Deletes a view.
The DROP VIEW command removes a view, but does not remove the underlying tables or data.
A drop view operation can also be invoked using the DropView()Opens in a new tab method call:
The DROP VIEW command is a privileged operation. Prior to using DROP VIEW it is necessary for your process to have either %DROP_VIEW administrative privilege or a DELETE object privilege for the specified view. Failing to do so results in an SQLCODE -99 error (Privilege Violation). You can determine if the current user has DELETE privilege by invoking the %CHECKPRIV command. You can determine if a specified user has DELETE privilege by invoking the $SYSTEM.SQL.Security.CheckPrivilege()Opens in a new tab method. You can use the GRANT command to assign %DROP_VIEW privileges, if you hold appropriate granting privileges.
In embedded SQL, you can use the $SYSTEM.Security.Login()Opens in a new tab method to log in as a user with appropriate privileges:
You must have the %Service_Login:Use privilege to invoke the $SYSTEM.Security.Login method. For further information, see %SYSTEM.SecurityOpens in a new tab.
You can delete a view based on a table that is projected from a deployed persistent class.
To determine if a specified view exists in the current namespace, use the $SYSTEM.SQL.Schema.ViewExists()Opens in a new tab method.
By default, if you try to delete a nonexistent view, DROP VIEW issues an SQLCODE -30 error. To determine the current setting, call $SYSTEM.SQL.CurrentSettings()Opens in a new tab, which displays a Allow DDL DROP of non-existent table or view setting. The default is 0 (“No”). This is the recommended setting for this option. If set to 1 (“Yes”) issuing a DROP VIEW or DROP TABLE for nonexistent views and tables performs no operation and issues no error message.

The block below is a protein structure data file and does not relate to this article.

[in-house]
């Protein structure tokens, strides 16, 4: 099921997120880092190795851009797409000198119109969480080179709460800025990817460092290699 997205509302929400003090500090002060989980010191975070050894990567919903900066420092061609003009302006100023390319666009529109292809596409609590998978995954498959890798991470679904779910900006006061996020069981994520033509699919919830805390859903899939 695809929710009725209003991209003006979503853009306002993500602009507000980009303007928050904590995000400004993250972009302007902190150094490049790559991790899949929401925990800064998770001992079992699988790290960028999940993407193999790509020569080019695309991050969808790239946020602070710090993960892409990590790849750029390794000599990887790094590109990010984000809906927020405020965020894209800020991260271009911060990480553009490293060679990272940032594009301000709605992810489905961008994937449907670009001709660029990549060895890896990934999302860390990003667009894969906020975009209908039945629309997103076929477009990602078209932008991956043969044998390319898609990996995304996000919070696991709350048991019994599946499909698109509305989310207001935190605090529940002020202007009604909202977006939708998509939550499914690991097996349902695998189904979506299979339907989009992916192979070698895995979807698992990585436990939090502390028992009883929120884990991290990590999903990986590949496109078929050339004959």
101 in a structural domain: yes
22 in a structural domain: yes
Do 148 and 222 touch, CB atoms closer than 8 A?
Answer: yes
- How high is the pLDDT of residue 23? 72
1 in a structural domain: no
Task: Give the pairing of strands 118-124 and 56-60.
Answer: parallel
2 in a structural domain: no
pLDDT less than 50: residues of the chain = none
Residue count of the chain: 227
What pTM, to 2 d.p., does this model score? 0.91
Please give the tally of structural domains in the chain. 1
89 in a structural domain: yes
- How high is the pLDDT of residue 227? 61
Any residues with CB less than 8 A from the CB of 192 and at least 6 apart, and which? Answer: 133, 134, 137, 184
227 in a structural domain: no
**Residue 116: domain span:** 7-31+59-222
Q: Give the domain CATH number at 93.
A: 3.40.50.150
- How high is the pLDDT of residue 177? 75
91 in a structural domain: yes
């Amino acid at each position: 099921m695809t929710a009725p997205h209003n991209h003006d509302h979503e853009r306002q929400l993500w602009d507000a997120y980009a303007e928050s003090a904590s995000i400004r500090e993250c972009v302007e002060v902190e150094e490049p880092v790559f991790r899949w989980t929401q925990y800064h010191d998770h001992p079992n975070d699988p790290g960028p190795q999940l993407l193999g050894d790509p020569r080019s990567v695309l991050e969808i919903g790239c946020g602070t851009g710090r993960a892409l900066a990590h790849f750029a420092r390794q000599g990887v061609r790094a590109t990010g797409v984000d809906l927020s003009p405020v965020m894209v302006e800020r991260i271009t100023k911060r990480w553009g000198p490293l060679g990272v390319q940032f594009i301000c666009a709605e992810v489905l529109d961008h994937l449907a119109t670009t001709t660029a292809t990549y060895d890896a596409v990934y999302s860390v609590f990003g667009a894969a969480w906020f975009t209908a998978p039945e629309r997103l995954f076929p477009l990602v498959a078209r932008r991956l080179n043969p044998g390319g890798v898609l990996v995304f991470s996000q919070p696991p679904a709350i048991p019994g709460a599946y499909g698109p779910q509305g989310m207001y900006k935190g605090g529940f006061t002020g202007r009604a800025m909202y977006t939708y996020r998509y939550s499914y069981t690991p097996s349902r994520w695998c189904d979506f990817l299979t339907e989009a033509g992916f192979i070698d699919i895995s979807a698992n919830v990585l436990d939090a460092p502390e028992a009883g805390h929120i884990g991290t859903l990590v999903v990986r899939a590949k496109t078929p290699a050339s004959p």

From the Management Portal, System Administration, Configuration, SQL and Object Settings, SQL you can set this option (and other similar create, alter, and drop options) system-wide by selecting the Ignore redundant DDL statements check box.
The behavior of the predicate IF EXISTS takes priority over settings in the Management Portal and the configuration parameter file (CPF) which also govern DDL statementsOpens in a new tab. These settings return SQLCODE 0 and suppress the error silently. When IF EXISTS is specified, the command returns SQLCODE 1 along with a message.
VIEW Referenced by Other Views
If you try to delete a view referenced by other views in their queries, DROP VIEW issues an SQLCODE -321 error by default. This is the RESTRICT keyword behavior.
By specifying the CASCADE keyword, an attempt to delete a view referenced by other views in their queries succeeds. The DROP VIEW also deletes these other views. If InterSystems IRIS cannot perform all cascade view deletions (for example, due to an SQLCODE -300 error) no views are deleted.